The need to specify 'rec' in a recursive function defintion
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Date:  20100210 (07:19) 
From:  Andrej Bauer <andrej.bauer@a...> 
Subject:  Re: [Camllist] The need to specify 'rec' in a recursive function defintion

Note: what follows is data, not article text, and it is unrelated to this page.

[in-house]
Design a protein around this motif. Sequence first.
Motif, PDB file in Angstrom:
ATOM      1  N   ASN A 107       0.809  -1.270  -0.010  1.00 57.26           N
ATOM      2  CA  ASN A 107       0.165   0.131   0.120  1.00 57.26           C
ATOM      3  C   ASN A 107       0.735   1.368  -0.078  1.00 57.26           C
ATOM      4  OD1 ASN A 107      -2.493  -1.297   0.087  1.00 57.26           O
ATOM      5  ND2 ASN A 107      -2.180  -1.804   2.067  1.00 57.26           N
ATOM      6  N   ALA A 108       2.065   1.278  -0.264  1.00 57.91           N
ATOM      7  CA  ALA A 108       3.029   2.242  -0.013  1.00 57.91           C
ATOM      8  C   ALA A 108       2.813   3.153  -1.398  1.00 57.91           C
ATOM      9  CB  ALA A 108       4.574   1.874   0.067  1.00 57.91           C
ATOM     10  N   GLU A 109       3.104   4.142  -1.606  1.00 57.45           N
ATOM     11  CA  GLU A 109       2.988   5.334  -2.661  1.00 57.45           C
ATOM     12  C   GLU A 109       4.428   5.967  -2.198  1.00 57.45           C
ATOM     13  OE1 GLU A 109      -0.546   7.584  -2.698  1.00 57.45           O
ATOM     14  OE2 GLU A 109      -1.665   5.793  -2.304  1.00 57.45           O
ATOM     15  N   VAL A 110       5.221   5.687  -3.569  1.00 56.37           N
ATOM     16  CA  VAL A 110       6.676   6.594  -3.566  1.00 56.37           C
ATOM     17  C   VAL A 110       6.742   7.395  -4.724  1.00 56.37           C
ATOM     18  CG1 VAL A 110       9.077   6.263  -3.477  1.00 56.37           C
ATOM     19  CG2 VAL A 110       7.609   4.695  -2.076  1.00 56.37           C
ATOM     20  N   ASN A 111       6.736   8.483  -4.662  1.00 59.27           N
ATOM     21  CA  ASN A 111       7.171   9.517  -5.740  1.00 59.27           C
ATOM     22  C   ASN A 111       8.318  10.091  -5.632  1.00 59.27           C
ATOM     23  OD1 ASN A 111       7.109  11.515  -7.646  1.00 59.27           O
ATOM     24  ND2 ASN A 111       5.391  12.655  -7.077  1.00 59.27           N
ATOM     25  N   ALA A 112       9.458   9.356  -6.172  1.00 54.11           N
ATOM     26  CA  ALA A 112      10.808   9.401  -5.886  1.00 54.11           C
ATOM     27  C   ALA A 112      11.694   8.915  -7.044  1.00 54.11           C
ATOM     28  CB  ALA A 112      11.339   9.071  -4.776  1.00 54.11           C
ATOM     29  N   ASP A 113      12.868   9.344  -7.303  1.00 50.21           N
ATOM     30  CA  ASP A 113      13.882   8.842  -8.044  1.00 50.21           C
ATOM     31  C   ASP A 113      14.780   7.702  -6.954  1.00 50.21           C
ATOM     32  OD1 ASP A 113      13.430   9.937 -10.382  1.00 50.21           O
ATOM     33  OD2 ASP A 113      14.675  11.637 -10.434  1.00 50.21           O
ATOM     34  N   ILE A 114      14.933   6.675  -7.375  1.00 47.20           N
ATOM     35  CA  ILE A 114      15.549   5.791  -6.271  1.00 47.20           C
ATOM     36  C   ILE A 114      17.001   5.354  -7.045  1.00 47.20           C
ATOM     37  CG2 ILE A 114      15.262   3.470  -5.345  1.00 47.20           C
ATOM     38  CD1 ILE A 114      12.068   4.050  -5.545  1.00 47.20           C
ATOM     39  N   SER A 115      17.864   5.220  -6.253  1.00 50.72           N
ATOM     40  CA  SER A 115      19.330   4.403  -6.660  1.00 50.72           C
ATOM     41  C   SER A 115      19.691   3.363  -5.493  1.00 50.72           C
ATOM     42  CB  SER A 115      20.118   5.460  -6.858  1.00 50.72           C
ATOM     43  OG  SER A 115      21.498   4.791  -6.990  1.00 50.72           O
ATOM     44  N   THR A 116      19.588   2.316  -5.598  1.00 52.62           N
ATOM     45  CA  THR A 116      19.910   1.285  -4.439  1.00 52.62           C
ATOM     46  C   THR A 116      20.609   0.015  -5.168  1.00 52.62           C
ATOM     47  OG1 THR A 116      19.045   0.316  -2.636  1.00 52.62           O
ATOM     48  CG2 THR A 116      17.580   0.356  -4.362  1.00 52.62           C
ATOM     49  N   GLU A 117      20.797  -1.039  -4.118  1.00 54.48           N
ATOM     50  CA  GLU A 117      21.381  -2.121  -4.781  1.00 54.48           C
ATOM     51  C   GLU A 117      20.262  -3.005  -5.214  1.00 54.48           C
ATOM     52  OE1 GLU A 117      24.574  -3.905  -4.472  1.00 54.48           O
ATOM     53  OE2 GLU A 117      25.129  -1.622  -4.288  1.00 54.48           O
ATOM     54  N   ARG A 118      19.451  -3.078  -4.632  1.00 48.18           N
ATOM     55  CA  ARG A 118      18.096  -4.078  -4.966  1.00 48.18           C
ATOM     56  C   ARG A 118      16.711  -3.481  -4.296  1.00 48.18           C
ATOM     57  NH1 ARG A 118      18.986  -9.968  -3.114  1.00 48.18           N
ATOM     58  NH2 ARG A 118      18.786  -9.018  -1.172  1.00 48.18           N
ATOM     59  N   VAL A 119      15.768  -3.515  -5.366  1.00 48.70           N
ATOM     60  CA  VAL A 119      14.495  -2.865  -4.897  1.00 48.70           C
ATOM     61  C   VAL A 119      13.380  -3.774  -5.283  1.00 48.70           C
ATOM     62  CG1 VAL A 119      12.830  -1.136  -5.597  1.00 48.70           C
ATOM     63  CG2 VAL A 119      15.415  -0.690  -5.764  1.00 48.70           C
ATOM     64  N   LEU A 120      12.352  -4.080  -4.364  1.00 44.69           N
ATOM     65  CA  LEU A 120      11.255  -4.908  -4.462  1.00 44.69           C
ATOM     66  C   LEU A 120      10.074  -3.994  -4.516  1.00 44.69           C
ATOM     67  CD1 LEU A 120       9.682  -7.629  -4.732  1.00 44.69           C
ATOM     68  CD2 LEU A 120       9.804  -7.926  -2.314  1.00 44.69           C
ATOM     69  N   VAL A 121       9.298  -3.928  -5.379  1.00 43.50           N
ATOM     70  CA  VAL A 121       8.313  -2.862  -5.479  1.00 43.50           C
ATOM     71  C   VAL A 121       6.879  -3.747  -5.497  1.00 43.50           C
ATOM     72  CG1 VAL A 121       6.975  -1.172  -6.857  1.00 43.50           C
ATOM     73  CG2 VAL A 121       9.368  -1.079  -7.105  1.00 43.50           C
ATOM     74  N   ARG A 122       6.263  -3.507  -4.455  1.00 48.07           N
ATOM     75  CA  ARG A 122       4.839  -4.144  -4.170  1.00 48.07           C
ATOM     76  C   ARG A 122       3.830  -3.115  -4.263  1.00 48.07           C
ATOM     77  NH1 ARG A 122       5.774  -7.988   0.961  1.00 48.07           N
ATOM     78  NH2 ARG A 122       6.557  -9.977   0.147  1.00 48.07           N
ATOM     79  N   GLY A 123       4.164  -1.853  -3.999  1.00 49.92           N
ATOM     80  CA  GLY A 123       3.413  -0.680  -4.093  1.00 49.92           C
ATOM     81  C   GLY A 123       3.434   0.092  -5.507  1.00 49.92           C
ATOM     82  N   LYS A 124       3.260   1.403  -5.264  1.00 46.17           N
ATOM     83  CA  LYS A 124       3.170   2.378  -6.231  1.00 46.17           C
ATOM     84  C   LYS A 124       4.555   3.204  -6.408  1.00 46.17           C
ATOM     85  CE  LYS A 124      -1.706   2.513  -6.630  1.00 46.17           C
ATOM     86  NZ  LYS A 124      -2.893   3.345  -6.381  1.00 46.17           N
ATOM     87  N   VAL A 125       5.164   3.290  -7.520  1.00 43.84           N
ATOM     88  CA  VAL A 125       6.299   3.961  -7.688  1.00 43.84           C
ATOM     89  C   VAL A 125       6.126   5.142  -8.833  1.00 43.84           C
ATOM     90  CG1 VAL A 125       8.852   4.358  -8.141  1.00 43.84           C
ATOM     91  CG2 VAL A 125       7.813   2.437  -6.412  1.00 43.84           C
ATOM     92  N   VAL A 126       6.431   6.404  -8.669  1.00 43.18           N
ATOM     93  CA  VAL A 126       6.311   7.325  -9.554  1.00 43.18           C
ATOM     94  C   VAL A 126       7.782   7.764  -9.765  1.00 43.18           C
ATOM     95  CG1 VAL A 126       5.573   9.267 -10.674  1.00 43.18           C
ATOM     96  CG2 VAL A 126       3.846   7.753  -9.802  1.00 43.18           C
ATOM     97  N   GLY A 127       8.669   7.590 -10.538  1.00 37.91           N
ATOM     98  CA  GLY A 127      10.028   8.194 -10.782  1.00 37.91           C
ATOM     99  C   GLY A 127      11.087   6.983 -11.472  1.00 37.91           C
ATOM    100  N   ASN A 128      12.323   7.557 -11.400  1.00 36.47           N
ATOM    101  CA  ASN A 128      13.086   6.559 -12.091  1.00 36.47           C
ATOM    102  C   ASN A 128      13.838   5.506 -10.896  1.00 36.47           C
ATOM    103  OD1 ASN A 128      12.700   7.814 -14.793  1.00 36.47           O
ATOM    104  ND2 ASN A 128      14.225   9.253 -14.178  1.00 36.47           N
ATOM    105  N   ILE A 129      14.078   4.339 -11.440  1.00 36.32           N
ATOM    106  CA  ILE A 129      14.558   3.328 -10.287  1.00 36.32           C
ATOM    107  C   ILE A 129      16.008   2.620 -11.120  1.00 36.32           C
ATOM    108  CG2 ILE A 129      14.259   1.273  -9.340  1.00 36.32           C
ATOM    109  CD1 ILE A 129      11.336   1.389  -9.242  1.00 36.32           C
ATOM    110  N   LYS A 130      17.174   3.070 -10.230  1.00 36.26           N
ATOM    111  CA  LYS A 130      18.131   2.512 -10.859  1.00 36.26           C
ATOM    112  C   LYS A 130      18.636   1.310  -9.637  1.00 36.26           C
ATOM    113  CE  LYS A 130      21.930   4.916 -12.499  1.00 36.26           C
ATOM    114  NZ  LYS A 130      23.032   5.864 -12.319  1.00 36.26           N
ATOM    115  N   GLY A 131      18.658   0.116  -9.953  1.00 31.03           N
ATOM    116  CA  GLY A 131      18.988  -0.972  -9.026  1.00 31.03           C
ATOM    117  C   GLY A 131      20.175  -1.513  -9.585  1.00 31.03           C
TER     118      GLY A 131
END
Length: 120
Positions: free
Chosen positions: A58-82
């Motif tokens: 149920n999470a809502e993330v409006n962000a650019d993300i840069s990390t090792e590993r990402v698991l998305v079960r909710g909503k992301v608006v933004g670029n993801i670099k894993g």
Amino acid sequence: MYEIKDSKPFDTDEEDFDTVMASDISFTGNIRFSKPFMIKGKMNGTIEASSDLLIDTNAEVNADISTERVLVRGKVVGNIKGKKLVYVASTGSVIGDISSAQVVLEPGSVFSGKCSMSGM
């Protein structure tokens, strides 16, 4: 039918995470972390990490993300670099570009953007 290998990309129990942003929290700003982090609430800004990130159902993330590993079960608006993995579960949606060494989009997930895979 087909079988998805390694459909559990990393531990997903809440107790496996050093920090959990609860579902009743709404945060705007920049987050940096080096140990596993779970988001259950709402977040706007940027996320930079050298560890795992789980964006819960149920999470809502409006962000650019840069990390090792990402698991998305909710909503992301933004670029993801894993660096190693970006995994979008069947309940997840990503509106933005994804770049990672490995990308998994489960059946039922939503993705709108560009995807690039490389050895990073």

On Tue, Feb 9, 2010 at 11:01 PM, Gerd Stolpmann <gerd@gerdstolpmann.de> wrote: > For defining the operational meaning of a recursive function a special > helper is needed, the Ycombinator. It gets quite complicated here from > a theoretical point of view because the Ycombinator is not typable. But > generally, the idea is to have a combinator y that can be applied to a > function like > Â y (fun f arg > expr) arg > and that "runs" this function recursively, where "f" is the recursion. A small correction: y is typeable. It's a fixedpoint operator, so it's type is ('a > 'a) > 'a or if we only care about recursive functions it is: # let rec y f x = f (y f) x ;; val y : (('a > 'b) > 'a > 'b) > 'a > 'b = <fun> (Yes, I know I used "let rec", it doesn't matter for checking that y has a type). Let's check that it works: # let fac = y (fun f n > if n = 0 then 1 else n * f (n  1)) ;; val fac : int > int = <fun> # fac 7 ;;  : int = 5040 What Gerd probably meant was that the usual untyped lambdacalculus definition of y, which gets us recursion out of nothing isn't typeable because selfapplication requires unrestricted recursive types. But again, it's an intermediate definition that is not typeable, not y itself (here adapted so that it works for functions in an eager language): $ ocaml rectypes Objective Caml version 3.11.1 # let z = fun u v w > v (u u v) w ;; val z : ('a > ('b > 'c > 'd) > 'b as 'a) > ('b > 'c > 'd) > 'c > 'd = <fun> # let y = z z ;; val y : (('_a > '_b) > '_a > '_b) > '_a > '_b = <fun> Observe that y has a nonrecursive type, it's the auxiliary z that requires a recursive one. And this y also works: # let fac = y (fun f n > if n = 0 then 1 else n * f (n  1)) ;; val fac : int > int = <fun> # fac 7 ;;  : int = 5040 Can anyone get rid of the pesky underscores in the type of y above, so that it becomes truly polymorphic? With kind regards, Andrej